Fully Committed, Menier Chocolate Factory, review: A brilliantly funny tour de force

The theatre celebrates its tenth birthday with a revival of its first play to have a West End transfer

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The Independent Culture

The Menier Chocolate opened for business ten years ago, under the creative partnership of David Babani and Danielle Tarento.

She has gone on to become what one faintly waggish commentator has characterised as  “the Sonia Friedman of the off-West End and Fringe” and is currently riding very high indeed with the British premiere of Dogfight.

Babani has become, among other things, God's (ie Stephen Sondheim's) representative on English earth and is soon to open at the Menier a revival of the master's Assassins which, if previous form proves to be a reliable guide, will soon be winging its way to Broadway.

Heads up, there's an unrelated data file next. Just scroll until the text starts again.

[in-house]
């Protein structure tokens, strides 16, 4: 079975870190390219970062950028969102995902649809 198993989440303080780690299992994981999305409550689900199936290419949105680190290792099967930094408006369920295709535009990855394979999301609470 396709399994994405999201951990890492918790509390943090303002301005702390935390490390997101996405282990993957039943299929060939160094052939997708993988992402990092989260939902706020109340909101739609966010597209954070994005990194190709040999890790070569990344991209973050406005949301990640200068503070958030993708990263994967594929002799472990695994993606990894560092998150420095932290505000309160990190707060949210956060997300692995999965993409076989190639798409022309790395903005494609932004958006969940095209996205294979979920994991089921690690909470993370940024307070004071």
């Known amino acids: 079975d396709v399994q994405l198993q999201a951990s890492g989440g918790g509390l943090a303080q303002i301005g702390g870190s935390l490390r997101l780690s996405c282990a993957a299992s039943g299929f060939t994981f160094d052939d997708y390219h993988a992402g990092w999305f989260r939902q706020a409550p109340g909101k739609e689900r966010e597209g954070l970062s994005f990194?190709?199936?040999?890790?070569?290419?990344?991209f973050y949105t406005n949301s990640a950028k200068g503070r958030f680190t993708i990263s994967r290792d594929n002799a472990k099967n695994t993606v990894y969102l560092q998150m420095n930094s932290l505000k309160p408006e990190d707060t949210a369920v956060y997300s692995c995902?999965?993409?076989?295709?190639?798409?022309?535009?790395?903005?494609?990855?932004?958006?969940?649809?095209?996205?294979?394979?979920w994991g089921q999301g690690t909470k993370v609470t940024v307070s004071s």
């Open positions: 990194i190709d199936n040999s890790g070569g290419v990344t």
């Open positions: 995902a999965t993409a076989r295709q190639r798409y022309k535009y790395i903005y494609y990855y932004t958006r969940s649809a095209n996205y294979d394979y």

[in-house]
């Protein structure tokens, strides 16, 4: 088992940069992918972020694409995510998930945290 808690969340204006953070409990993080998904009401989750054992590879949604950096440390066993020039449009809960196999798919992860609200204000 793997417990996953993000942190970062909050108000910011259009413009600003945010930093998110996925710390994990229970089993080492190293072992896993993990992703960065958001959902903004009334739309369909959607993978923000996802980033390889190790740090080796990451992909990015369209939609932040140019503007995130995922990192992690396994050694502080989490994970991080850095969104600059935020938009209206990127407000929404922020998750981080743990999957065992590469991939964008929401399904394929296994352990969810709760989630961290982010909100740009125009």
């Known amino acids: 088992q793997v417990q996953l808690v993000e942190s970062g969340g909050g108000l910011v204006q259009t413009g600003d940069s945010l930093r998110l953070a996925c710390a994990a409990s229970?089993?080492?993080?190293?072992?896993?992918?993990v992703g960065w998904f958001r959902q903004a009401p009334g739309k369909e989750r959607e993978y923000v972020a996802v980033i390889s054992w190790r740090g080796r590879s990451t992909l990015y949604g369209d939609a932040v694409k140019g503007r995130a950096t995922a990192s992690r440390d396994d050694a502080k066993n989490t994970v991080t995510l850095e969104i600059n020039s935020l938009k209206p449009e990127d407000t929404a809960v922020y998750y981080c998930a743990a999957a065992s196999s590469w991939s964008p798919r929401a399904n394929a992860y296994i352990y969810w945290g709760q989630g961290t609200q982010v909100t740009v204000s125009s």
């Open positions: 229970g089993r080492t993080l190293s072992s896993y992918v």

So it's the tenth anniversary of an enterprise that has spawned Big Things in the plural. Only a curmudgeon would grudge the Menier its decision to celebrate the occasion with a deliciously puckish boast: a revival of their first play to get a West End transfer – Becky Mode's hilarious one-man show about the struggling young actor whose day job is answering the red-hot reservations line of a uber-swanky New York restaurant. 

Kevin Bishop delivers a brilliantly funny tour de force, like some berserk high precision identity crisis as he does all the voices of the maniacally entitled folk who ring up –  from Naomi Campell's coked up Aussie aide to the society dowager who demands, as of natural right, “first slot on the VIP Priority Waiting List”. 

Mark Setlock directs with the finesse of someone who played the role so well first time round. 

Happy Birthday.

To 15 Nov; 020 7378 1713

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